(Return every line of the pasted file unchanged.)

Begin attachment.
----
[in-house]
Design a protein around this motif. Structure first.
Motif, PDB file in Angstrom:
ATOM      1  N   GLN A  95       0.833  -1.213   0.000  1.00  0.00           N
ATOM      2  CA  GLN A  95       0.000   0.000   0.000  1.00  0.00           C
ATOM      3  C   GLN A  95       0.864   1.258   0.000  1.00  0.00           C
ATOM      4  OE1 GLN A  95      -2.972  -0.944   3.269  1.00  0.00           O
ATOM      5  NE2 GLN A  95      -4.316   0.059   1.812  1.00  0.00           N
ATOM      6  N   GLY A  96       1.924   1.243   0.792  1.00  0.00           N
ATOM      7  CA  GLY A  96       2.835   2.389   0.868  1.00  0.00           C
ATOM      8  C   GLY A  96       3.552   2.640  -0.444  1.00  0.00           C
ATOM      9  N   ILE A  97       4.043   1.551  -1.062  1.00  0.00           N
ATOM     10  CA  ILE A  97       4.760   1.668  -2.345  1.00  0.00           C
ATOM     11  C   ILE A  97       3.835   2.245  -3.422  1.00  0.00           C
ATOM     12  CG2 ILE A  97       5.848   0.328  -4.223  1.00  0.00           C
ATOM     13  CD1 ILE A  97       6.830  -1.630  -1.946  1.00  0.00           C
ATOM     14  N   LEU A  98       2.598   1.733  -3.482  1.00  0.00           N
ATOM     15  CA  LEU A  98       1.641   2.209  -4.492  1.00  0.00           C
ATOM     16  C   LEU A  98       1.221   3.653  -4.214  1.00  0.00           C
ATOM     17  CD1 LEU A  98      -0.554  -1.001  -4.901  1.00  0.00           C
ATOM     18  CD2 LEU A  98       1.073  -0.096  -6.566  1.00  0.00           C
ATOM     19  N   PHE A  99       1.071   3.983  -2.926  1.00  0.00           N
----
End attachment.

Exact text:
[in-house]
Design a protein around this motif. Structure first.
Motif, PDB file in Angstrom:
ATOM      1  N   GLN A  95       0.833  -1.213   0.000  1.00  0.00           N
ATOM      2  CA  GLN A  95       0.000   0.000   0.000  1.00  0.00           C
ATOM      3  C   GLN A  95       0.864   1.258   0.000  1.00  0.00           C
ATOM      4  OE1 GLN A  95      -2.972  -0.944   3.269  1.00  0.00           O
ATOM      5  NE2 GLN A  95      -4.316   0.059   1.812  1.00  0.00           N
ATOM      6  N   GLY A  96       1.924   1.243   0.792  1.00  0.00           N
ATOM      7  CA  GLY A  96       2.835   2.389   0.868  1.00  0.00           C
ATOM      8  C   GLY A  96       3.552   2.640  -0.444  1.00  0.00           C
ATOM      9  N   ILE A  97       4.043   1.551  -1.062  1.00  0.00           N
ATOM     10  CA  ILE A  97       4.760   1.668  -2.345  1.00  0.00           C
ATOM     11  C   ILE A  97       3.835   2.245  -3.422  1.00  0.00           C
ATOM     12  CG2 ILE A  97       5.848   0.328  -4.223  1.00  0.00           C
ATOM     13  CD1 ILE A  97       6.830  -1.630  -1.946  1.00  0.00           C
ATOM     14  N   LEU A  98       2.598   1.733  -3.482  1.00  0.00           N
ATOM     15  CA  LEU A  98       1.641   2.209  -4.492  1.00  0.00           C
ATOM     16  C   LEU A  98       1.221   3.653  -4.214  1.00  0.00           C
ATOM     17  CD1 LEU A  98      -0.554  -1.001  -4.901  1.00  0.00           C
ATOM     18  CD2 LEU A  98       1.073  -0.096  -6.566  1.00  0.00           C
ATOM     19  N   PHE A  99       1.071   3.983  -2.926  1.00  0.00           N